Senate Majority Leader Mitch McConnell said Thursday that Donald Trump is "on to something" with his inflammatory attacks against four congresswomen, attempting to frame the president’s racist rhetoric as rooted in ideological differences between the Republican and Democratic parties.
"I think the president is on to something," McConnell (R-Ky.) told the Fox Business Network, citing his opposition to policy proposals, including the Green New Deal and Medicare For All, espoused by some progressive lawmakers and 2020 White House hopefuls.
"We’re in a big debate now and next year about what we want America to be like," McConnell said. "Do we really think socialism applies here at a time of great prosperity, 50-year-low unemployment? That’s what the election I think is going to be about."
After tweeting Sunday that the quartet of high-profile House members — Reps. Alexandria Ocasio-Cortez (D-N.Y.), Ilhan Omar (D-Minn.), Ayanna Pressley (D-Mass.) and Rashida Tlaib (D-Mich.) — should "go back” to where they came from, the president has since sought to brand their more liberal agenda as representative of congressional Democrats and his re-election rivals.
Following near-universal Democratic condemnation of the controversial weekend posts, which resulted in the House approving a measure to formally rebuke the president, McConnell insisted Trump "is not a racist" and told reporters Tuesday that "it’s about time we lowered the temperature all across the board."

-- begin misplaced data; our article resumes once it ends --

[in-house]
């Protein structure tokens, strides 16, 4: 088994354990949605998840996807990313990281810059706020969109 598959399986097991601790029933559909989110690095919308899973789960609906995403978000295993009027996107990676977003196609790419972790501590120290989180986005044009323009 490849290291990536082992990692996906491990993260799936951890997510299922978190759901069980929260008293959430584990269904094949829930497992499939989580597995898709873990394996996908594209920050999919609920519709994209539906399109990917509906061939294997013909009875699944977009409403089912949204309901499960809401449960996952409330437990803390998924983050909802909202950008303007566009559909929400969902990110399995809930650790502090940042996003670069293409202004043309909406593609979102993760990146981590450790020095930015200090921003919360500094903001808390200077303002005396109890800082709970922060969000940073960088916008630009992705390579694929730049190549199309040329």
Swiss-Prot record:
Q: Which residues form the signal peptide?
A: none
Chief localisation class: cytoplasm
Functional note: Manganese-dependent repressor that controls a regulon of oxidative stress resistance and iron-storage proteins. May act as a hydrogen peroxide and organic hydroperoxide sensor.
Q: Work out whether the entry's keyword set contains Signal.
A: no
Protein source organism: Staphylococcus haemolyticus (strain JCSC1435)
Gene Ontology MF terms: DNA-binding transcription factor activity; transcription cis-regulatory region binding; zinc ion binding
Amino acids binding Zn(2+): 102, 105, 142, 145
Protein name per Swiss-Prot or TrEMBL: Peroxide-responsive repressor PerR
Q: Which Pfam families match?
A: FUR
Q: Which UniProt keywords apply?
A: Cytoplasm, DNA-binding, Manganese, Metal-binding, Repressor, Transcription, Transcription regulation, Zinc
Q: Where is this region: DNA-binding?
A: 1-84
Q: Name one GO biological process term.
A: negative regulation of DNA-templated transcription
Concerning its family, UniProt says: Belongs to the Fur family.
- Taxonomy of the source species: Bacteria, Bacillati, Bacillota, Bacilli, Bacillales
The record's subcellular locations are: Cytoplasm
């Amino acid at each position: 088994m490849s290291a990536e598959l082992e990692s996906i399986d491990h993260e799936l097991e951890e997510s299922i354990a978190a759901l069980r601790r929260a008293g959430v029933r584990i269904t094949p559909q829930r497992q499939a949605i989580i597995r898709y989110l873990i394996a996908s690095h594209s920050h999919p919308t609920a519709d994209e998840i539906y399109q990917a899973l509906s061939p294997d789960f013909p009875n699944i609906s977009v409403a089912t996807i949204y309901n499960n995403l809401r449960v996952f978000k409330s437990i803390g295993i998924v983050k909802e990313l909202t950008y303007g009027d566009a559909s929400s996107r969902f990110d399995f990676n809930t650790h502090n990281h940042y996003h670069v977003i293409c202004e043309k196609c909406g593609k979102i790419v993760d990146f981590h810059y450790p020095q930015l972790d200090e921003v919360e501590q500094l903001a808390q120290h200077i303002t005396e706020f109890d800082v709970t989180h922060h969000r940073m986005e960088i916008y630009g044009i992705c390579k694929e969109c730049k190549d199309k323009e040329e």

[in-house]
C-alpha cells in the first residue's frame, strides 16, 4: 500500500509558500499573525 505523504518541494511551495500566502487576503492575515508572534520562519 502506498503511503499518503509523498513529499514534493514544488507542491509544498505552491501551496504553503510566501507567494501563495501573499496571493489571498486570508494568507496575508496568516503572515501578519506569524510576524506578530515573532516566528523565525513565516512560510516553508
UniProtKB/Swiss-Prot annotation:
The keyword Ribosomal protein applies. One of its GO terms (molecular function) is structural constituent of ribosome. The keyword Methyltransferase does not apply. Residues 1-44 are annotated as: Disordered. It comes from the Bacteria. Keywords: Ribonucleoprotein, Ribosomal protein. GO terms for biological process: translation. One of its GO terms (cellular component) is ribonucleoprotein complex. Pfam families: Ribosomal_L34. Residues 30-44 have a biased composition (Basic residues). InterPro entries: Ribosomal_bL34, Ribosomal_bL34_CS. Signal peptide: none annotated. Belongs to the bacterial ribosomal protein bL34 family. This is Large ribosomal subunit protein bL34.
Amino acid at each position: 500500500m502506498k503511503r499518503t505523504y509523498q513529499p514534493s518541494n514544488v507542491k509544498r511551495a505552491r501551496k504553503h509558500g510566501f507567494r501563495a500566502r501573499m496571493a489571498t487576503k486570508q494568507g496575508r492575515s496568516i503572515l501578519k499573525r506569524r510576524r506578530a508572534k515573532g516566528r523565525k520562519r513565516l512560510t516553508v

Ocasio-Cortez has accused McConnell of being "complicit in advancing racism in America," and charged that he "doesn’t even have the backbone to speak out against" Trump’s remarks.
McConnell pushed back against that criticism Thursday, calling it "nonsense" and saying he "was there" in 1963 for the "I Have a Dream" speech by Martin Luther King Jr., and was "an observer" when former President Lyndon B. Johnson signed the Voting Rights Act of 1965.
"Look, I’ve got nothing to apologize on this front. We’ve got to tone the rhetoric down across the country," McConnell said. "Using, throwing around words like ‘racism,’ you know, kind of routinely applying it to almost everything. Let’s talk about the issues. And the issues are … where they want to take America. They want to take America into a socialist country."
Article originally published on POLITICO Magazine